How to shoot winter portraits? Lets start with stating that winter is a fantastic season for outdoor portraits. The snow has a majestic quality, it is often overcast (great for portraits) and provides an alternative to capturing winter purely with the landscapes.
As a winter photographer, I usually go out looking for that special location to capture. A tree alone in the middle of nowhere, a frozen waterfall, winter features like icicles or winter sports. But there are people who want nice photos and beloved memories, without going to a studio. This provides us with another opportunity for enjoy winter through the lens.
So how do you shoot winter portraits? Here are some tips to help you through your next winter portrait session.
TIPS FOR YOUR MODELS.
- COMFORTABLE MODELS ARE HAPPY MODELS: It might be an engagement shoot, maternity photos, or a spontaneous idea to have professional portraits to hang on the wall. Whatever the reason for the portrait shoot, I need to sate that It is not a winter sports photo session, and winter by nature is COLD. They should dress comfortable, natural and warm, but don’t forget the stylising of the outfits. Keep this in mind, when you come to wearing wool sweaters, they always look cool, and they’re warm, but they easily get wet by playing with the snow.
- NATURAL AND SPONTANEOUS: Emphasise to your models that they should try to interact as if no one was watching. Get them to throw a snowball or two. It is easier said then done but let them know they should try to forget their concerns for a while and enjoy the moment. I have found it can help if the model brings along a friend that can stand behind the photographer, to lighten the mood and help the models be themselves.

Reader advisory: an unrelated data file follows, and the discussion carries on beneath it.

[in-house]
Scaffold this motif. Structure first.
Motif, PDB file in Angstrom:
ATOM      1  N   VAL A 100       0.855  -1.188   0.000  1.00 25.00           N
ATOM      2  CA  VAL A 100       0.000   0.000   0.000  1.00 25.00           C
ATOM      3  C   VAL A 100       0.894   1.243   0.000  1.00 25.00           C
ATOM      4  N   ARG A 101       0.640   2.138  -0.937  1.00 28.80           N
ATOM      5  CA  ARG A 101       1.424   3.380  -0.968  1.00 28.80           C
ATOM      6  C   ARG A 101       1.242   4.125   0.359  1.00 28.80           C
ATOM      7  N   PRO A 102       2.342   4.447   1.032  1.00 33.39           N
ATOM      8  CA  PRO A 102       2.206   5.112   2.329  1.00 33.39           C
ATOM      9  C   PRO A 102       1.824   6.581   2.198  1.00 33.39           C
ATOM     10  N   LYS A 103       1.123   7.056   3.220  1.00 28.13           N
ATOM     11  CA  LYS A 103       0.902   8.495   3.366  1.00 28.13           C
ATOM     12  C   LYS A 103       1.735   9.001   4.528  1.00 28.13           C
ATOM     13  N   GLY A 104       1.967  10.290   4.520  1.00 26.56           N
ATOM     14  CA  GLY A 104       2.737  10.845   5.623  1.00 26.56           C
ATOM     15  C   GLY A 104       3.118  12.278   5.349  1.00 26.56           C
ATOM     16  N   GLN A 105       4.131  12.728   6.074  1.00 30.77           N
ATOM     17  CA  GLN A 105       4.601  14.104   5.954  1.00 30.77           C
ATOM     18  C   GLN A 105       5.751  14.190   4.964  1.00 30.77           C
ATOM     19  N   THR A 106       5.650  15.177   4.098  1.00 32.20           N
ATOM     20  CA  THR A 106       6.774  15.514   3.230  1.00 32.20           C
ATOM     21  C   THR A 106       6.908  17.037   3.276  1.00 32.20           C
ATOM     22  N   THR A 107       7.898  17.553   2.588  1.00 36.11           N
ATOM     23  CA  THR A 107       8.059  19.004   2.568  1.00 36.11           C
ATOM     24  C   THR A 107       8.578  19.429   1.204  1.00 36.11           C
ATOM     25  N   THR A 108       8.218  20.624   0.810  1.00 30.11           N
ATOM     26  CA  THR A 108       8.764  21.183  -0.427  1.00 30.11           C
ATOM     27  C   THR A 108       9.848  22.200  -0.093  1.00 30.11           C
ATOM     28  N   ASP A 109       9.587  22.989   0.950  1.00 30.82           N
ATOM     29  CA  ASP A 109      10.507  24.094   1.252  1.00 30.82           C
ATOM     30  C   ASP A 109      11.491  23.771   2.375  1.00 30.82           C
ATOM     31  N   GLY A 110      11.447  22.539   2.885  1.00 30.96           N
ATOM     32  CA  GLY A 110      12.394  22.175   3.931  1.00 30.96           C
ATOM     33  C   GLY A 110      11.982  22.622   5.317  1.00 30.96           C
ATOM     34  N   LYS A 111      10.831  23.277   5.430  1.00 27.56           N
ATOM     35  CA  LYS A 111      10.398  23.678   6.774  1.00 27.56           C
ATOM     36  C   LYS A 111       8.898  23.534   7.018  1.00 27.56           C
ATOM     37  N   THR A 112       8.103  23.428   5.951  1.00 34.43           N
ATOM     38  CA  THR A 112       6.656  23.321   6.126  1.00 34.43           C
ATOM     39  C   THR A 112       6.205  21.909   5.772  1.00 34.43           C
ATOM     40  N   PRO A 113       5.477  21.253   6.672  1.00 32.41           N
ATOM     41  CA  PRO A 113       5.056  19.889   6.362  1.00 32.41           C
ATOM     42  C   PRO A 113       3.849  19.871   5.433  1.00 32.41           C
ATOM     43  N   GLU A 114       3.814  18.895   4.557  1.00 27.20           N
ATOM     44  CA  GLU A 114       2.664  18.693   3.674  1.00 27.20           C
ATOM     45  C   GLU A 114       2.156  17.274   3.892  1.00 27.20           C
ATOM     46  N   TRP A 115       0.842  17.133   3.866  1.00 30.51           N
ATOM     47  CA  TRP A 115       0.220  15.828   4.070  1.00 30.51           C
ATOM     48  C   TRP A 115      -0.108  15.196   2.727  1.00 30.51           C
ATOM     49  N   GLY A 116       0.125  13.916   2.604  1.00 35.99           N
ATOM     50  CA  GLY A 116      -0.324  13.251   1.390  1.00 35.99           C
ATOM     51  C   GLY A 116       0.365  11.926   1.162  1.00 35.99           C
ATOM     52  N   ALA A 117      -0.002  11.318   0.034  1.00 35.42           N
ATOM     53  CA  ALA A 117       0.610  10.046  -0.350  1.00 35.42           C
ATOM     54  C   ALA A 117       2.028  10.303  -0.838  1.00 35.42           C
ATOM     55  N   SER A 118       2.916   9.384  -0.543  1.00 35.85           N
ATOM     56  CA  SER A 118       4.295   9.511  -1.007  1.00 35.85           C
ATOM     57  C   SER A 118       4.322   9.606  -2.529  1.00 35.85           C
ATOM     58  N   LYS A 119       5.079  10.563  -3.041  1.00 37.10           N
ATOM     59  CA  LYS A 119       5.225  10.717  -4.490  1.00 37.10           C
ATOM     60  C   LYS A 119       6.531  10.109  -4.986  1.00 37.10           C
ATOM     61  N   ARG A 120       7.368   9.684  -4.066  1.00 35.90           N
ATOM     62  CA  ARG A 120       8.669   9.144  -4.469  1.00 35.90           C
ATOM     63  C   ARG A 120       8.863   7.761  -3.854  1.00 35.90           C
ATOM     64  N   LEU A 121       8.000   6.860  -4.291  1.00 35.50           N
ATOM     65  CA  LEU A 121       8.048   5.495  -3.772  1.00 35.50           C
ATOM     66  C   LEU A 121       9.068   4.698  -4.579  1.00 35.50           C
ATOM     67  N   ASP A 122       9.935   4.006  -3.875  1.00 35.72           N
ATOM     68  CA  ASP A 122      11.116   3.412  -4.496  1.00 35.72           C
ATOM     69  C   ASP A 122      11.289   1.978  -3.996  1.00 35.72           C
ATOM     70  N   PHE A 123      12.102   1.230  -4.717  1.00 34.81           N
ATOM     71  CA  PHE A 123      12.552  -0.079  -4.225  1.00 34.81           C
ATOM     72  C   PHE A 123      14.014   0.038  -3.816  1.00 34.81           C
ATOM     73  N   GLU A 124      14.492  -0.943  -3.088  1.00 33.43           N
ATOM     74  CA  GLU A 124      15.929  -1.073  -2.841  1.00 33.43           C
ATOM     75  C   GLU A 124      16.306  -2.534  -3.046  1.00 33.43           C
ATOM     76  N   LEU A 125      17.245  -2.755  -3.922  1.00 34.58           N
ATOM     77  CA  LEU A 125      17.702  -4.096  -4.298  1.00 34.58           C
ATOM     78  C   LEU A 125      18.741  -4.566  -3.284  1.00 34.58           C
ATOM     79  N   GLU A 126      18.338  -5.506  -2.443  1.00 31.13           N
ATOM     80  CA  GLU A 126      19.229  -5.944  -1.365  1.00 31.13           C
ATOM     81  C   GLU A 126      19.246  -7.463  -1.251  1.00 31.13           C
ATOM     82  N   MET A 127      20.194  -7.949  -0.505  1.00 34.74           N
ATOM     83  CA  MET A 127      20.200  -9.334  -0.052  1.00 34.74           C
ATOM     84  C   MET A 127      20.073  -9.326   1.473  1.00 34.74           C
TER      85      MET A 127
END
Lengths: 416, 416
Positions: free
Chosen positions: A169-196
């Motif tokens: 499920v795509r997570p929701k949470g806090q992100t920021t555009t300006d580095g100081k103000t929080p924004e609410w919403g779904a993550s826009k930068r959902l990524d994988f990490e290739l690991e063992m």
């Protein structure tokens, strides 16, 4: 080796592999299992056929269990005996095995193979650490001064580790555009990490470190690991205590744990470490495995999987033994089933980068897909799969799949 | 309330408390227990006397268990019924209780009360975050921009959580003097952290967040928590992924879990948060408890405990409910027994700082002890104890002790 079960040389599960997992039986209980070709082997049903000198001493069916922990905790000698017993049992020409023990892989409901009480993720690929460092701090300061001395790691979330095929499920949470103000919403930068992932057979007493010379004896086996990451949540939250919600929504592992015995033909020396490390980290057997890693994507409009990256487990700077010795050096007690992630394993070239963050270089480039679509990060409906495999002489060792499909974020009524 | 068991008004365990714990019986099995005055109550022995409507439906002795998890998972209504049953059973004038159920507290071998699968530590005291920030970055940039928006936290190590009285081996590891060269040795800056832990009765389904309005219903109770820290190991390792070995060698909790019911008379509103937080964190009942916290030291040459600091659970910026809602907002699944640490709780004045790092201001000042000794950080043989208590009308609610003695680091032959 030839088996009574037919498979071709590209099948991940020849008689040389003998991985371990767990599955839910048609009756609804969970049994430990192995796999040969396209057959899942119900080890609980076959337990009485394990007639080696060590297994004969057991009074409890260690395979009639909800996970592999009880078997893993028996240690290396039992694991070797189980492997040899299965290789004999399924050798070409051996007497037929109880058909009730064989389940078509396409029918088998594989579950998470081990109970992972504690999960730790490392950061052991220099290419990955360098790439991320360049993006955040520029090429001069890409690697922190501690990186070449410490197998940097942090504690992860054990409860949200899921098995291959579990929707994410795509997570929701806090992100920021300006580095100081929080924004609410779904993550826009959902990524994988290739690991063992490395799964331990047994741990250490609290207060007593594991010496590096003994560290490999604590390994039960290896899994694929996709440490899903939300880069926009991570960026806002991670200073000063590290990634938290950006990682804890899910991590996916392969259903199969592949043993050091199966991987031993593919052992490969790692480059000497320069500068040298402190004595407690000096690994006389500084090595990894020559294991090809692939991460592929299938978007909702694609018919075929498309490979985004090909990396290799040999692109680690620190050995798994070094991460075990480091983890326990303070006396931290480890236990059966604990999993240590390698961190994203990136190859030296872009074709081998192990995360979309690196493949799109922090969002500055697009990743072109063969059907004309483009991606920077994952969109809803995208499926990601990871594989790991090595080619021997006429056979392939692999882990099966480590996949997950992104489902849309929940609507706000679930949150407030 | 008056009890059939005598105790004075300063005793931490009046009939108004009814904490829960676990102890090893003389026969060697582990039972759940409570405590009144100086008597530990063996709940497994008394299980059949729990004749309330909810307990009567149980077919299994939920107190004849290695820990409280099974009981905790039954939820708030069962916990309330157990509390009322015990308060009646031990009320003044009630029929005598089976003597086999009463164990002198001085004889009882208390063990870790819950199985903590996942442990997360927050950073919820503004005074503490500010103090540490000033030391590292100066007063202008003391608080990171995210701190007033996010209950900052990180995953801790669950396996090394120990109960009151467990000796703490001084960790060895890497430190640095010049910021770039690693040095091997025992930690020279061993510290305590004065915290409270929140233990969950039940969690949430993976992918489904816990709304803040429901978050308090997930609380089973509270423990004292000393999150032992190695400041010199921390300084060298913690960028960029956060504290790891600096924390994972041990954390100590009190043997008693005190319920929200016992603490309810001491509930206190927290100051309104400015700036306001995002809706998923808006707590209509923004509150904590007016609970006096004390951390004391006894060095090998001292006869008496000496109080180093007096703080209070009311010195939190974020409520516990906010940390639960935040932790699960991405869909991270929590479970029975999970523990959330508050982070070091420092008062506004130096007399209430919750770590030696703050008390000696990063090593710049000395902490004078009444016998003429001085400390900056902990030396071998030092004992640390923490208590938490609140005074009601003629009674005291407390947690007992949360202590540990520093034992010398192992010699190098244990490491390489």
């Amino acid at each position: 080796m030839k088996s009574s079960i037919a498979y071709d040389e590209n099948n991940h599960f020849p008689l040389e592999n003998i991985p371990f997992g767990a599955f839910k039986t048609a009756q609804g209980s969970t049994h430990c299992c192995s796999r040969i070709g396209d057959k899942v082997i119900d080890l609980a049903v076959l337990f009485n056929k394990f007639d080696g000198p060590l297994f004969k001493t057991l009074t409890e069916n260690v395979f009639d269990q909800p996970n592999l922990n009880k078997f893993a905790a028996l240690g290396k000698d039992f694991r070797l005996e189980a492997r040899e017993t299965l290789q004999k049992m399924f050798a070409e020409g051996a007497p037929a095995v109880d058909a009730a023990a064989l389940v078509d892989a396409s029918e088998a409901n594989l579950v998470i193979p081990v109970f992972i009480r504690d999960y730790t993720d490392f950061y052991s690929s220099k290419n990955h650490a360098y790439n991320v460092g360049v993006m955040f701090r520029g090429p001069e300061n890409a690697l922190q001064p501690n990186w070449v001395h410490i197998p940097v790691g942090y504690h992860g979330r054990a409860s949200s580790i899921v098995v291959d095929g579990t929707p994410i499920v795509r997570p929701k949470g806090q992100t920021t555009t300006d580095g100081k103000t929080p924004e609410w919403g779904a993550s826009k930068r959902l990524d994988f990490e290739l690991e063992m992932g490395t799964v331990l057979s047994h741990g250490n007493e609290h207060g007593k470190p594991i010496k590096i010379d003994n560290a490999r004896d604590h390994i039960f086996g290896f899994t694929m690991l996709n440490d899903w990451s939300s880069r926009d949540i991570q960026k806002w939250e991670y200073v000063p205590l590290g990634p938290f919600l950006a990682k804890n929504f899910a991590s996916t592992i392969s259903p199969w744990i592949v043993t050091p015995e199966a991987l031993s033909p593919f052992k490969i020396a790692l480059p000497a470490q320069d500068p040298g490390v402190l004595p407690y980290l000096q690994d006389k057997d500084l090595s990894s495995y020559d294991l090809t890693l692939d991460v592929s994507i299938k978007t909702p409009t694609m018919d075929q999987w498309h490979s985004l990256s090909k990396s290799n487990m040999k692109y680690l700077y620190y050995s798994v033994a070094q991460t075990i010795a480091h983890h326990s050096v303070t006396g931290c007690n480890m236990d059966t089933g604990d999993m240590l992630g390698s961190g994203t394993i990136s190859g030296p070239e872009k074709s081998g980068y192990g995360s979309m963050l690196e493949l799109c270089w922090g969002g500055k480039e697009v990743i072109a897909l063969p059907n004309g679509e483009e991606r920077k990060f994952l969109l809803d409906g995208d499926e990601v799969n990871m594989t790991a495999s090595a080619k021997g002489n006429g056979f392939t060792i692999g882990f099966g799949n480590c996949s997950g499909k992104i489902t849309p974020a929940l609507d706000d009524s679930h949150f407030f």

Usually, people feel a little bit tense at first, looking at the camera constantly, with forced and unnatural smiles. That’s not what we are looking for as photographers. The spontaneity and connection between the photographer and model enhances the enjoyment of the shoot and ensures some funny and beautiful shots. As a result, they become funny and beautiful memories.
Tips for the photographer shooting winter portraits:
- LOCATION IS IMPORTANT: Sometimes we go mad looking for the best landscape for a portrait shoot. However, simply taking a walk through a a park or a some woods can offer great back drops and opportunities to frame a gorgeous photo.
- BE THE CLASS CLOWN: We talked about spontaneity and connectivity. Try your best to break the barrier between yourself and your subject. Have some jokes ready, use some tricks like saying “close your eyes, open your eyes, close, open, close, open…” a few times till your subject gives in and starts laughing,.. then shoot. Natural laughs and smile are what you are aiming for.
- KEEP SHOOTING AFTER “THE MOMENT”: It’s the second after your subject thinks you have taken the photo that they relax, flash a smile and become themselves, so take a few shots, wait a second and then shoot a few more.